...but they almost all do well! Only 5.1% of patients without stroke who receive TPA end up with intracerebral hemorrhage - so it's OK that we give TPA to a ton of patients without a confirmed diagnosis of stroke, right?
This is a retrospective Finnish registry study of 1,104 consecutive TPA patients enrolled in a prospective cohort. Of these, 119 had basilar artery occlusion, which is angiographically proven prior to treatment, and are excluded from their analysis, and a couple others were excluded for other reasons. This left 985 patients who were initially diagnosed with ischemic stroke, and, eventually, 14 of those patients were diagnosed as a stroke mimic such as migrane, epilepsy, or a demyelinating disorder. The authors then go on to say that stroke mimics such as these accounted for a mere 1.4% of all TPA patients, and none of them had ICH.
But, this isn't exactly a true reading of their data. The authors also state that 275 of their patients had "neuroimaging negative ischemic stroke", which is to say, their follow-up MRI detected no sign of infarct. Now, there is a false-negative rate on DWI MRI for stroke, but it's in the range of 5% for acute infarcts, and generally involves small lacunar, small cortical, and some posterior circulation strokes. Not only that, it's reasonable to suggest that around 40% of TIAs actually have DWI or FLAIR sequence abnormalities as well.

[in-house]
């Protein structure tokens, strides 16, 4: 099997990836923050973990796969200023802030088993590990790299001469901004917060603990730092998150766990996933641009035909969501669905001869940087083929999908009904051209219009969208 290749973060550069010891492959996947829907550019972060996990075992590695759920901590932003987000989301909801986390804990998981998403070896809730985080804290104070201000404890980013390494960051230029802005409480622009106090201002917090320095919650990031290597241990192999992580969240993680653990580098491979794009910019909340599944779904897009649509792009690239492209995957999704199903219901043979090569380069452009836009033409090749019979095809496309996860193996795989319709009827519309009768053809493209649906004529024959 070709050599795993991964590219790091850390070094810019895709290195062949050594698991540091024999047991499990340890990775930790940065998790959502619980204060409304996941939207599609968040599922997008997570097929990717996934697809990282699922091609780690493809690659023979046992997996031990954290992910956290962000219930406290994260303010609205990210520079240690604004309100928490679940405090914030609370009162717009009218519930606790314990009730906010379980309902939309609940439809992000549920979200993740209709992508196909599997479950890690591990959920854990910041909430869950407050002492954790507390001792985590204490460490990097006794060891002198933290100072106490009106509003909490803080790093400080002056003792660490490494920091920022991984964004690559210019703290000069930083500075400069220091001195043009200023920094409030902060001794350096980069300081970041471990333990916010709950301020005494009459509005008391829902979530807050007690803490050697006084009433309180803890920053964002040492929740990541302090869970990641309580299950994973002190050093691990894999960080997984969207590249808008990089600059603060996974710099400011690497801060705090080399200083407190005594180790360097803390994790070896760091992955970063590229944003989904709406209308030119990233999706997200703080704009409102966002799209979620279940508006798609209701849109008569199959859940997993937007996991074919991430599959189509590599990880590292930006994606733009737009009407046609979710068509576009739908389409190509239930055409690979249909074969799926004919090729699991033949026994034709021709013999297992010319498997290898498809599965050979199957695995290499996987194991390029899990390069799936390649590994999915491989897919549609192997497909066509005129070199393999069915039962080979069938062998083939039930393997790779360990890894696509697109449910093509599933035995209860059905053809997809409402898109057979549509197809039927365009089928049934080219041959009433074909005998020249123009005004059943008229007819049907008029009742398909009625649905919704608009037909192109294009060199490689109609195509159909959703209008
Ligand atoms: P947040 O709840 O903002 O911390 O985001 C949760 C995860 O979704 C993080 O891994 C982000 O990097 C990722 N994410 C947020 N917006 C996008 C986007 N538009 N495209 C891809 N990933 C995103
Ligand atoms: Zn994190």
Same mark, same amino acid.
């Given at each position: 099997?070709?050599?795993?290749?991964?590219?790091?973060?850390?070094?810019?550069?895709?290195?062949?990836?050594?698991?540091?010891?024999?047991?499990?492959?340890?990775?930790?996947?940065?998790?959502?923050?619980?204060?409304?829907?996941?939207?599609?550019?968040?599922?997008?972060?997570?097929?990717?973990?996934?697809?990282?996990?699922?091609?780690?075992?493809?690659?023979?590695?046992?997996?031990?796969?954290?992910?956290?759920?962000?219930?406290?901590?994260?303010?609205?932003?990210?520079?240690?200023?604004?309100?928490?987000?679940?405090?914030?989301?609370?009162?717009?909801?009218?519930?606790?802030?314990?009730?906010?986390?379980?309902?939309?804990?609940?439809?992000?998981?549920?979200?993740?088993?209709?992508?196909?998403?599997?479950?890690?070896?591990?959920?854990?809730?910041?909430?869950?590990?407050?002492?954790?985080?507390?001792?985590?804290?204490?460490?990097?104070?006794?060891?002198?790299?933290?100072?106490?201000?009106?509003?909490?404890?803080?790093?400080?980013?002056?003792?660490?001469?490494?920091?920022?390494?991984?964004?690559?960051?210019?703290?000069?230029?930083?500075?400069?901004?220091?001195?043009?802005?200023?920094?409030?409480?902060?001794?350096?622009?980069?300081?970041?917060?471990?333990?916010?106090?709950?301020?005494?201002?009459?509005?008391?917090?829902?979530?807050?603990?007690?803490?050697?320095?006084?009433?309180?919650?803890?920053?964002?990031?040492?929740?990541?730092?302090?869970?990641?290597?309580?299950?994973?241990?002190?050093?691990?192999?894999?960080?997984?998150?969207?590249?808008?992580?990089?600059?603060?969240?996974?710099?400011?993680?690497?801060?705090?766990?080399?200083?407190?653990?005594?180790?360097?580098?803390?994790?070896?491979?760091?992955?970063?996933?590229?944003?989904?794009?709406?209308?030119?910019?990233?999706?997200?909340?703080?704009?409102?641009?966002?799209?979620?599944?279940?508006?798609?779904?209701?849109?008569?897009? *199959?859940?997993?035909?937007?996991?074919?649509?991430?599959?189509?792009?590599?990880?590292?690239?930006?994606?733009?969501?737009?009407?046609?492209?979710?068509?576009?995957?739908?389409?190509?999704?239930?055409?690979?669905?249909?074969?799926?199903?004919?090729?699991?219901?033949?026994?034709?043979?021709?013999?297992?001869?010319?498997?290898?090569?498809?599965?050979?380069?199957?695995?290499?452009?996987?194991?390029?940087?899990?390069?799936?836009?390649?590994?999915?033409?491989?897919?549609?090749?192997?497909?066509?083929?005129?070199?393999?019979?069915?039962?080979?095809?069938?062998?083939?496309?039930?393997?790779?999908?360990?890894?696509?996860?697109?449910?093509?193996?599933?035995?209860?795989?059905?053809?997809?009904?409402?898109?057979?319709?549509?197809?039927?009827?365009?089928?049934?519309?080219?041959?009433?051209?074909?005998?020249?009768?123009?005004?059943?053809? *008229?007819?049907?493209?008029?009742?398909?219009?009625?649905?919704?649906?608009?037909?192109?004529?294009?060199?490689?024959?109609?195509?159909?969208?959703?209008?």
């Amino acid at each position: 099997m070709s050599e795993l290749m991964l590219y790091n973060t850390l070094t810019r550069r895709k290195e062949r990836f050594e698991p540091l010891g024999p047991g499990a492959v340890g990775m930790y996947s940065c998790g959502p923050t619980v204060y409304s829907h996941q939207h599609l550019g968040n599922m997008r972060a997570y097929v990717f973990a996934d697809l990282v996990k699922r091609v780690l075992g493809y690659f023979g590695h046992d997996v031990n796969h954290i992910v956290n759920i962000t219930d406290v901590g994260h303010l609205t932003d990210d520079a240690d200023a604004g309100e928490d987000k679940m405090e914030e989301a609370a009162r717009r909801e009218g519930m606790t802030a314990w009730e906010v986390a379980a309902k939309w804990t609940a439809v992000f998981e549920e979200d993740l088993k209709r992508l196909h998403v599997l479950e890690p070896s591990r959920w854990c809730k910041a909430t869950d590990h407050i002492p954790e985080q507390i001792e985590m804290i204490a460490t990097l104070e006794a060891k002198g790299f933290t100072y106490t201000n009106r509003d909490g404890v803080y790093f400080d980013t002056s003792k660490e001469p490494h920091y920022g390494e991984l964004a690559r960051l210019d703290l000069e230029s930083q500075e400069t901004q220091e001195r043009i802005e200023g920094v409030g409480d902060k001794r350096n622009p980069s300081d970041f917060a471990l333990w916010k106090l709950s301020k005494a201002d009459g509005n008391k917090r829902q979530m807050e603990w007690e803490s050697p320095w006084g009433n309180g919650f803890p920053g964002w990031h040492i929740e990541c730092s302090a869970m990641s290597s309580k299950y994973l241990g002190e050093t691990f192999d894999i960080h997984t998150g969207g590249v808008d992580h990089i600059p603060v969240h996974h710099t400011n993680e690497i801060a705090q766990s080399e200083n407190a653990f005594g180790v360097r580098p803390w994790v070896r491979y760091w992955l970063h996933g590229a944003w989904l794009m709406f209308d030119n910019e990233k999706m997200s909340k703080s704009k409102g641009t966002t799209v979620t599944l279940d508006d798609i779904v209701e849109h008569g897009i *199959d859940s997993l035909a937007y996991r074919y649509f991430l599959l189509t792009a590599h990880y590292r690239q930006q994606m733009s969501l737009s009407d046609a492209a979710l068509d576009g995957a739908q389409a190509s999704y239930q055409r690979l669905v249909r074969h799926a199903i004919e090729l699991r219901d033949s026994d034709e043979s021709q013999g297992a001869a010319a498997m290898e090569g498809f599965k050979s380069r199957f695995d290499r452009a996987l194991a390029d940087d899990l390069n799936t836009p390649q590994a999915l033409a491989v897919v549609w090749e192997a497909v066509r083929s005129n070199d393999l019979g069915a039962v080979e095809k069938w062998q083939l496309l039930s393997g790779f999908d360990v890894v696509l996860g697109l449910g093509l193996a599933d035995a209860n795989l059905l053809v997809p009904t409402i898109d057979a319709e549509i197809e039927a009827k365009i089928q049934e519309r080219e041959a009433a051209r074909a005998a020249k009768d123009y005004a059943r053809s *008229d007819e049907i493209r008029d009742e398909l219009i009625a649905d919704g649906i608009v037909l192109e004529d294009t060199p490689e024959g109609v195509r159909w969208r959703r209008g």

So, some of their "neuroimaging negative ischemic stroke" group probably does have ischemic stroke with false negative MRI - but not 30% of the study population. And, some of their neuroimaging positive group is likely false positive from TIA as well. These numbers for stroke mimics are also far below other reported case series, which have estimated 10-30% incidence, depending on whether TIAs are included.
I absolutely cannot fathom this line of reasoning and distortion Neurology is developing in justify recklessly pushing TPA onto a larger population.
"Stroke Mimics and Intravenous Thrombolysis"